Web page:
Maryland Live! Threatens lawsuit against Bethesda Live, now trading as Bethesda Blues & Jazz Supper Club
Bethesda, MD, (October 25th, 2016) – Maryland Live! owned by the Cordish Companies and operators of the casino “Maryland Live! 40 miles from Bethesda, has threatened a lawsuit against Bethesda Live (DBA: Bethesda Blues & Jazz Supper Club, 7719 Wisconsin Ave. Bethesda, MD 20854) if they change their name. Rick Brown, a life-long resident of the Washington Metropolitan area, was very excited when he was able a few years ago to purchase the landmark Bethesda Theater. His mother had graduated from high school (BCC) on the stage there and his father and 2 brothers are professional musicians. His dream was to convert the 1938 art deco theater into a venue offering live music and good food. In March 2013, after considerable investment of time and money, Mr. Brown opened the doors at Bethesda Blues & Jazz Supper Club. He eventually felt the club’s name was limiting since it also featured Country, Rock, Motown, Comedy, Classical, and Latin and other genres of music. In its first 3 ½ years, the venue has hosted over 900 artists, held 145 private events and served over 240,000 customers.
On September 16, 2016, after settling an investor lawsuit, and reaffirming his 30-year lease, Mr. Brown announced that he planned to change the name of his 500 seat club. Bethesda Live would reflect that his club offered a wide array of live entertainment in addition to blues and jazz. Shortly after making this announcement, he received a letter from an attorney for Live & Holdings LLC, the owner of the Maryland Live! gambling casino near Baltimore objecting to his adoption of the Bethesda Live! name. Citing a federal registration for the Maryland Live! name, among others, the gambling enterprises attorney’s maintained that Live Holdings had a family of Live! trademarks and its Live! marks were famous. The casino’s attorney maintained that Mr. Brown’s use of “Bethesda Live” would create a serious likelihood of confusion, mistake or deception to the consuming public. The casino alleged Mr. Brown’s plans amounted to unfair competition, willful trademark infringement and dilution of the casino owner’s trademark rights.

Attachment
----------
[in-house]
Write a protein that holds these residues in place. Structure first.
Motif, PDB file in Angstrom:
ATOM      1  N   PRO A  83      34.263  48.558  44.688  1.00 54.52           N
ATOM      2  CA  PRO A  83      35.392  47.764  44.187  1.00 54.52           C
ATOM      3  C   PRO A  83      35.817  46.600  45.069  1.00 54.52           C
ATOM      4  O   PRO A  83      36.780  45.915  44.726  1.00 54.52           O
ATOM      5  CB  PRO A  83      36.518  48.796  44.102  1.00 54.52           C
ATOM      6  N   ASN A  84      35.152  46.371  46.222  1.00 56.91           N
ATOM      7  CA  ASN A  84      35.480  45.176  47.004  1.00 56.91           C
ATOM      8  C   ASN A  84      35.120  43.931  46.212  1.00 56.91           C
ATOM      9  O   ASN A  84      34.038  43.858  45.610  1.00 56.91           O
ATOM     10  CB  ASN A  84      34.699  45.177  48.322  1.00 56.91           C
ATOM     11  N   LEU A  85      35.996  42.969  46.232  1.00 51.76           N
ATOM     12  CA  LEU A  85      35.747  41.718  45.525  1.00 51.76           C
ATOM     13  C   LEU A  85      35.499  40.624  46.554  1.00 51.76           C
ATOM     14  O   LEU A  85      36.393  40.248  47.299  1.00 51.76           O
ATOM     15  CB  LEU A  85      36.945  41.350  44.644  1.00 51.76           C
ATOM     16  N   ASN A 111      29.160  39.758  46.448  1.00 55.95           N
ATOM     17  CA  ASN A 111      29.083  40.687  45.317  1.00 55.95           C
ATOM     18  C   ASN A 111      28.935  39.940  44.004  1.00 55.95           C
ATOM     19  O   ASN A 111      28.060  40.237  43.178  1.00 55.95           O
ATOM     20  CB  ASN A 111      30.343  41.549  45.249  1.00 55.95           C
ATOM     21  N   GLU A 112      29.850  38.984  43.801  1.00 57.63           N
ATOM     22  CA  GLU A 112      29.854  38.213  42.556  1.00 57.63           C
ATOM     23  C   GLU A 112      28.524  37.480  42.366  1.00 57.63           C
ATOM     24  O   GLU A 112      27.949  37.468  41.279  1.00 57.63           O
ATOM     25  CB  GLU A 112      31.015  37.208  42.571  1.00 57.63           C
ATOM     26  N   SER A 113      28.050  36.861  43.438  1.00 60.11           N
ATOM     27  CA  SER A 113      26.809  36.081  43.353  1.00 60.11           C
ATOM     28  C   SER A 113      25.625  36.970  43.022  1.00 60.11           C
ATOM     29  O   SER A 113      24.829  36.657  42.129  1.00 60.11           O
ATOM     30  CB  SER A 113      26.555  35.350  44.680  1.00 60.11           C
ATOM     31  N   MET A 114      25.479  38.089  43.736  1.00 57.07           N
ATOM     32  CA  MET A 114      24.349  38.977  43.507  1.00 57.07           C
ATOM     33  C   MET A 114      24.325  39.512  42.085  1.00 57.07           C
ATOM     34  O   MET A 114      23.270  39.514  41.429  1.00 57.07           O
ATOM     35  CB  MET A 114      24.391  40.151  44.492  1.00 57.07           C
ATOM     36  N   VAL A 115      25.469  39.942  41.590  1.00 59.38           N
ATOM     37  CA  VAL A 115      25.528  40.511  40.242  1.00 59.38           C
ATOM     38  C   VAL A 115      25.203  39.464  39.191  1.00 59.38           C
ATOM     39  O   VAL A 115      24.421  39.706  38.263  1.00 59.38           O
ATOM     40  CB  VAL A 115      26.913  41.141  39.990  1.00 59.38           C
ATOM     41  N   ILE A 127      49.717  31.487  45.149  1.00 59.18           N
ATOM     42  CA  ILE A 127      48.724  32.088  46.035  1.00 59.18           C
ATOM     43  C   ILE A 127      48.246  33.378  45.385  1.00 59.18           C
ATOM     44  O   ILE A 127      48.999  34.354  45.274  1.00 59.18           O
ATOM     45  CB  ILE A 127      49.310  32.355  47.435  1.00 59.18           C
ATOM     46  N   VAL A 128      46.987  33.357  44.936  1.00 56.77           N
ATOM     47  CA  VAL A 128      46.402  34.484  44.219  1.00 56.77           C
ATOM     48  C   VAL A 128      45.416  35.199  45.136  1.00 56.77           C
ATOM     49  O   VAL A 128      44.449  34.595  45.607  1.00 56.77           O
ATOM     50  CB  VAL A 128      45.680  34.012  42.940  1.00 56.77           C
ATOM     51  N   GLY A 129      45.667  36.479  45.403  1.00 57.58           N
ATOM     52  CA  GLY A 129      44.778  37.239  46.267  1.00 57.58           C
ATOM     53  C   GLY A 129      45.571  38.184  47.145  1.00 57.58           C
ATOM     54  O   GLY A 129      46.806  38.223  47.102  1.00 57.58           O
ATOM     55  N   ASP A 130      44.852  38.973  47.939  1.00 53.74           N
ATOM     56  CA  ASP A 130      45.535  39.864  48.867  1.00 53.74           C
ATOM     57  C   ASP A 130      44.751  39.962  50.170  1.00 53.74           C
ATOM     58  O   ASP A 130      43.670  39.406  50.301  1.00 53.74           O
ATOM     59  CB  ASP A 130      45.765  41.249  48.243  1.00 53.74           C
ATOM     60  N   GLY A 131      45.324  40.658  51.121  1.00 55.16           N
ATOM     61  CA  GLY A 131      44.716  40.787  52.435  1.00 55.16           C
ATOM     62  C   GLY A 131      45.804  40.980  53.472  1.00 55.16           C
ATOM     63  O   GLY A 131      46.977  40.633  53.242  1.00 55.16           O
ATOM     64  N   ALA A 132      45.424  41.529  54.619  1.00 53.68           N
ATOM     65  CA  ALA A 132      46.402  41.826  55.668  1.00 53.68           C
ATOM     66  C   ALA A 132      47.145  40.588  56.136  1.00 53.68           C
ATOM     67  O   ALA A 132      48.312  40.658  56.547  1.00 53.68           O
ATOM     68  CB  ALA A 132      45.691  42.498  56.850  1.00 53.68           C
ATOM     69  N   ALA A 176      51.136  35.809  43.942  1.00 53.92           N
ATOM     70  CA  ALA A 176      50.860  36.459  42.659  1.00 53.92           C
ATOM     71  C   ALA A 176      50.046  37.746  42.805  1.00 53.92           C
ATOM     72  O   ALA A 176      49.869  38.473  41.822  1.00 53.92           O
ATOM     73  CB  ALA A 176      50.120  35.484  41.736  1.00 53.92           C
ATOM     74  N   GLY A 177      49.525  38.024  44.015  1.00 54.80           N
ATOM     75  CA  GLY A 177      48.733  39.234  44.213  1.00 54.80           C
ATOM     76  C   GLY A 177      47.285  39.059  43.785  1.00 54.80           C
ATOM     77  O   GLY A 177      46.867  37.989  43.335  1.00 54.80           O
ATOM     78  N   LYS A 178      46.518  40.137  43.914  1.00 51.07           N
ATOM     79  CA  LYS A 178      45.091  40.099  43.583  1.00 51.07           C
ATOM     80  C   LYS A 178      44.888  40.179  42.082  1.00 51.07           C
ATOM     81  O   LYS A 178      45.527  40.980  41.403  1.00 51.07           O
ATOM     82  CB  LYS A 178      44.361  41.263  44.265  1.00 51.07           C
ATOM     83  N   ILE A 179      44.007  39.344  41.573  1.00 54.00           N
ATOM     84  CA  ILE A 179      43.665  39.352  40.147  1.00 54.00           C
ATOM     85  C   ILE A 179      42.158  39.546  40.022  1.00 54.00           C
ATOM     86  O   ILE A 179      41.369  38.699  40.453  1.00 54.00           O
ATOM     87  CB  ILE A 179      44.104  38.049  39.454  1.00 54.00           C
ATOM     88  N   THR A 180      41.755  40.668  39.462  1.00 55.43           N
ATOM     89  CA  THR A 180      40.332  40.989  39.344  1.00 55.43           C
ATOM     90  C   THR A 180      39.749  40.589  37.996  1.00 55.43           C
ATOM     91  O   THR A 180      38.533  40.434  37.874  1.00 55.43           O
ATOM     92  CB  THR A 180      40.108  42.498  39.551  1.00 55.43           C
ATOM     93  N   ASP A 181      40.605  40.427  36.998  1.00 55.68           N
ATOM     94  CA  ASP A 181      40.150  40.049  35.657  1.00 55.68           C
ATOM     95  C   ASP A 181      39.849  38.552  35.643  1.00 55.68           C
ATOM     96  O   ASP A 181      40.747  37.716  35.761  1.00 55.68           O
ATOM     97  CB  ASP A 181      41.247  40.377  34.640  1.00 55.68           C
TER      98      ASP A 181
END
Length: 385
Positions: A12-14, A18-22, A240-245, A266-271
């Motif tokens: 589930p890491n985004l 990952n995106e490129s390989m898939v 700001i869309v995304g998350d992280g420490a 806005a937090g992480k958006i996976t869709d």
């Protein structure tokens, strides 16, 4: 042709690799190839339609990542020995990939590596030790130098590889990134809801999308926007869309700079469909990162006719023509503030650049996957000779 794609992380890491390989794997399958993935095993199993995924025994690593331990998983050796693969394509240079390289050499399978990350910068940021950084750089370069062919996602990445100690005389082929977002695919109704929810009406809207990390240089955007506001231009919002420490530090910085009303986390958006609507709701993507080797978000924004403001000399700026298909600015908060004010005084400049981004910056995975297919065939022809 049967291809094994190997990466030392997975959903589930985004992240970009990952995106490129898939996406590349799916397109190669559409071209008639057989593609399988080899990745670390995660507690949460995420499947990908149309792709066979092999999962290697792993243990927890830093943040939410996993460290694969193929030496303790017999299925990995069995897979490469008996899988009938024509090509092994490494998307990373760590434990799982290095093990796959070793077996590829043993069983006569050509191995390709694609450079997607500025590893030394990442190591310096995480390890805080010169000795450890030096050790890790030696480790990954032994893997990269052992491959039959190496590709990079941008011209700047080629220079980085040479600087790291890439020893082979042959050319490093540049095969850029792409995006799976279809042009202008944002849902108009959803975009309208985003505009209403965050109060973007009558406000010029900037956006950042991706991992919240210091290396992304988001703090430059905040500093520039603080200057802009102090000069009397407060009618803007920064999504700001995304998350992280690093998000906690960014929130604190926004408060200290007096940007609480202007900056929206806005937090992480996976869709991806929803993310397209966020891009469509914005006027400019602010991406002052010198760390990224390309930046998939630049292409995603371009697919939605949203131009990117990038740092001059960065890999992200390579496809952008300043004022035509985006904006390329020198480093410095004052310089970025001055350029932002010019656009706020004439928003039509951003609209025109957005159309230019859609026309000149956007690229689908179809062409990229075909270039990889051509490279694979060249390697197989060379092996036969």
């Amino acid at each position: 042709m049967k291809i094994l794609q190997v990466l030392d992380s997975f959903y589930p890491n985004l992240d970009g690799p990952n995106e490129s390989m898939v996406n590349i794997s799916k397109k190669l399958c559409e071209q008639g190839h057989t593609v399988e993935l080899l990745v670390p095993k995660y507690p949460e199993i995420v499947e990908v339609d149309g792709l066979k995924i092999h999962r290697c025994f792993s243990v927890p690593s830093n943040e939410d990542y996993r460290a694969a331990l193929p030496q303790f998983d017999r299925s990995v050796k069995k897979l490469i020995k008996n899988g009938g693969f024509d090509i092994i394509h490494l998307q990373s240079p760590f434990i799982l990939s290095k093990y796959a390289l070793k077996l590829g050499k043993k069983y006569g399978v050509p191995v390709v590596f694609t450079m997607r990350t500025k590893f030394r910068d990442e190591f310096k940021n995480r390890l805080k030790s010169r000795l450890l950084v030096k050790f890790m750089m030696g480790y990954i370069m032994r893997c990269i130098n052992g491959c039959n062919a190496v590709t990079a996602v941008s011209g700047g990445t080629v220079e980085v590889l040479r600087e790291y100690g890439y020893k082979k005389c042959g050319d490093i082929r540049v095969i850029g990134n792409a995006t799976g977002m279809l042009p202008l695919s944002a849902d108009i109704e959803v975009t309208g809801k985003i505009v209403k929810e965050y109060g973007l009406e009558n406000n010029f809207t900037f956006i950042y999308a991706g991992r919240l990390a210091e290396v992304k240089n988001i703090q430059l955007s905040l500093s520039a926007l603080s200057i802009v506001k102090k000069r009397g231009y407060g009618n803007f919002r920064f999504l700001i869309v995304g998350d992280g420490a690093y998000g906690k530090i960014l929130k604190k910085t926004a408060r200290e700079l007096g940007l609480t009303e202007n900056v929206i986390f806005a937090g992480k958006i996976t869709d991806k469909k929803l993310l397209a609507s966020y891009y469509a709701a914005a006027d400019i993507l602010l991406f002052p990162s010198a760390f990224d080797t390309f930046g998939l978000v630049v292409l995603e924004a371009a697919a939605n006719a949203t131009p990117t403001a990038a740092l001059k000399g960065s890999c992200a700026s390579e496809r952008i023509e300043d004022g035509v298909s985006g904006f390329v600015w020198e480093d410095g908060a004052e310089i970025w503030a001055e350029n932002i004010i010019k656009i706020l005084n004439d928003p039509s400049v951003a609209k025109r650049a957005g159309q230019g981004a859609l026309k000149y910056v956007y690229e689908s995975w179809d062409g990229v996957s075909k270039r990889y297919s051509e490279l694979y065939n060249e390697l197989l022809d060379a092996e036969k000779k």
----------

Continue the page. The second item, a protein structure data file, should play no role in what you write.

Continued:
Mr. Brown looked into the casino owner’s claims and discovered the trademark laws do not allow someone to acquire rights in a descriptive term like “Live,” if it’s used for its ordinary meaning, such as live entertainment. He also found out that descriptive terms, if registered with other names, are narrow in scope and you have to look at the competing terms. You also have to consider the similarity in services; otherwise, the owner of the Saturday Night Live name may be able to stop Maryland Live! or a whole host of businesses, which offer, live entertainment around the country.
In a nutshell, what Mr. Brown’s supper club discovered is that the casino owner’s rights cannot be extended to prevent Bethesda Blues & Jazz from changing its name to Bethesda Live for live music. The casino owner is simply a well-funded trademark bully using its deep-pockets to harm small business 40 miles away. Examples of other uses in this marketplace include “Hill Country Live”, “The Hamilton Live”, “Rams Head Live”, “Frederick Live”, and others. Therefore, he plans to stand up to the casino’s attempt at intimidation.
For further information: Please contact either Rick Brown, 301 367-4489 or his counsel, Chris Foley, with Finnegan, Henderson, 571-203-2720.